On 12th December 1546, Thomas Howard, 3rd Duke of Norfolk, and his son, Henry Howard, Earl of Surrey, were arrested and taken from Lord Chancellor Wriothesley’s house in Ely Place, Holborn, where they had been interrogated, to the Tower of London. Norfolk was taken to the Tower by barge but his son suffered the humiliation of being led through the streets of London on foot.
Surrey’s biographer, Edmond Bapst, writes of how Surrey handled this humiliation:
“Probably the Earl’s enemies had calculated that this march through populous neighbourhoods would a painful experience and that all those who had once suffered his haughtiness would hurry to cover him with boos and jeers now that he was disarmed and almost certainly destined to die. No such thing occurred. Though Surrey had cared little for what the people thought of him, he had conquered them with his lordly ways; London liked this brilliant, fiery young man, so lofty of appearance, so chivalrous of temperament; and so, as he went captive through the streets, the crowd offered nothing but loud sympathy, saying aloud that it was a pity to put so fair a knight in the Tower.”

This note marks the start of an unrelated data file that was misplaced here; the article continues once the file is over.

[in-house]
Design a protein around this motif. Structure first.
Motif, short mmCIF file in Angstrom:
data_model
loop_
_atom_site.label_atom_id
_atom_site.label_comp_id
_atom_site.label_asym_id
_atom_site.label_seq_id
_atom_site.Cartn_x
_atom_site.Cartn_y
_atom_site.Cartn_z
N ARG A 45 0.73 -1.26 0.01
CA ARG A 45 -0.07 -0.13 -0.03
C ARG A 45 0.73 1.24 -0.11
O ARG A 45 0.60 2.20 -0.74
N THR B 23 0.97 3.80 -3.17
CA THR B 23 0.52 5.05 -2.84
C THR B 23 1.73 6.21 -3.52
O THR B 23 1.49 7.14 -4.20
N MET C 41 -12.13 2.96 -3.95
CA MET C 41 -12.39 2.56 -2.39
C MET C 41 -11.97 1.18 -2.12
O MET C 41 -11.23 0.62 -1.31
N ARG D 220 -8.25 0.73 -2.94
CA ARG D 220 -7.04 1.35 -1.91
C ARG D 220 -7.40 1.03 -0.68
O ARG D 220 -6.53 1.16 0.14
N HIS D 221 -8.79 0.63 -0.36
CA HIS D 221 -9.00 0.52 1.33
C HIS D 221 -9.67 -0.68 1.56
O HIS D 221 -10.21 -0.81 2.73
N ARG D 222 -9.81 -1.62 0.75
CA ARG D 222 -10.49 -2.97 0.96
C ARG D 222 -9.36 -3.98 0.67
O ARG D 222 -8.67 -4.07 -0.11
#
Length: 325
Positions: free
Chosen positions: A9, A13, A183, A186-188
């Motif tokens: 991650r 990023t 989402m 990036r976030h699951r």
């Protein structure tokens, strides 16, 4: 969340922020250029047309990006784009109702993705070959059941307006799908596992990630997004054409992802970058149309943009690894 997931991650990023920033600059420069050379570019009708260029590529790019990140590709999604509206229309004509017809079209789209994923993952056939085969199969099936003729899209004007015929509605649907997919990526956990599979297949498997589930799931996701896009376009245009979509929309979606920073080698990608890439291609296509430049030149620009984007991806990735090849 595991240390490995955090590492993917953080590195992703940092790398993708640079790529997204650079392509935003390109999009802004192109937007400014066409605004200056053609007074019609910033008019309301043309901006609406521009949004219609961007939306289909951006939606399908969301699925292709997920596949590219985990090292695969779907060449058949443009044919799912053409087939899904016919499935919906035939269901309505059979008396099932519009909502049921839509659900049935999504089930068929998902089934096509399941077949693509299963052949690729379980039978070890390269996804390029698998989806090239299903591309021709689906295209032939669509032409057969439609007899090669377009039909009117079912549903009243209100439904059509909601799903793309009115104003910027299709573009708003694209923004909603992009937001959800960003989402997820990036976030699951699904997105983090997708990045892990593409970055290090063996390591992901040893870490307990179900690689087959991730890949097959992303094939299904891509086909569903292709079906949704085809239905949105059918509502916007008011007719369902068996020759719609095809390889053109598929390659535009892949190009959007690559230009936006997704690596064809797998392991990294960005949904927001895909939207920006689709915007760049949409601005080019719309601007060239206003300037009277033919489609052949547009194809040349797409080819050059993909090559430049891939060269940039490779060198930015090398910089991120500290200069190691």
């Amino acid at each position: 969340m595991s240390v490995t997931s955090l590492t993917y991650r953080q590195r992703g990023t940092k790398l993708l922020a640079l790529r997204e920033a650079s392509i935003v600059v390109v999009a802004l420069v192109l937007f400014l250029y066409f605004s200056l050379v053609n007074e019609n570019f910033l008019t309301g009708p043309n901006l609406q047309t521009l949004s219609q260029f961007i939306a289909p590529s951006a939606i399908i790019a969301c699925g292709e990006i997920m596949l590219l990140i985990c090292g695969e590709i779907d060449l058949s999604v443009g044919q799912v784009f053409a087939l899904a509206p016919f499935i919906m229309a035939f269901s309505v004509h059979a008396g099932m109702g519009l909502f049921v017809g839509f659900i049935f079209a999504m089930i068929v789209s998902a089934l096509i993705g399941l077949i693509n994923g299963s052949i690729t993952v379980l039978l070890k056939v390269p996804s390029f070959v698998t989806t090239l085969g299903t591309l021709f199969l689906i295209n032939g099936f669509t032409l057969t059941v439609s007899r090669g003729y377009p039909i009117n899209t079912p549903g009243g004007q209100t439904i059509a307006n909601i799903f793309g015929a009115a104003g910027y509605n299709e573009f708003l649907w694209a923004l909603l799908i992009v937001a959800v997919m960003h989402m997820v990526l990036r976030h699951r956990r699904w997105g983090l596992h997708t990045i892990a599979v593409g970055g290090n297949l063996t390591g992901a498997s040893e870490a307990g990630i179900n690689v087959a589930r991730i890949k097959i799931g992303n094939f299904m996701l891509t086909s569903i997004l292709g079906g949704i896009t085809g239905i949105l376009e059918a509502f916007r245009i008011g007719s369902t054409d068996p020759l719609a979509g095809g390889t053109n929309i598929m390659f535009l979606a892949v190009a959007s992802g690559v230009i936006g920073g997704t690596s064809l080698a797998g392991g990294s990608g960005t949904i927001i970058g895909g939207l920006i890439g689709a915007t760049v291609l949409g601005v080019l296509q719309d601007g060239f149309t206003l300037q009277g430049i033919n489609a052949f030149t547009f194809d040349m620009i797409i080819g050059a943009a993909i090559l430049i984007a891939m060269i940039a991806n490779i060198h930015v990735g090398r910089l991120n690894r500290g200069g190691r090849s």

The two men had been interrogated after accusations had been made regarding Surrey incorporating the royal arms into his coat of arms, showing that he had “monarchic ambitions”, and allegedly telling his sister, Mary, widow of the Duke of Richmond, to try and become the King’s mistress so that her family would be favoured. There were, of course, many at court who wanted to see the fall of this powerful family.
You can read more about the fall of the Howards in my previous article 12th December 1546 – The Duke of Norfolk and the Earl of Surrey go to the Tower.
Notes and Sources
- Two Gentleman Poets at the Court of Henry VIII: George Boleyn and Henry Howard, Edmond Bapst, p298-299
- “Howard, Thomas, third duke of Norfolk (1473-1554)”, Michael A. R. Graves, Oxford Dictionary of National Biography, 2004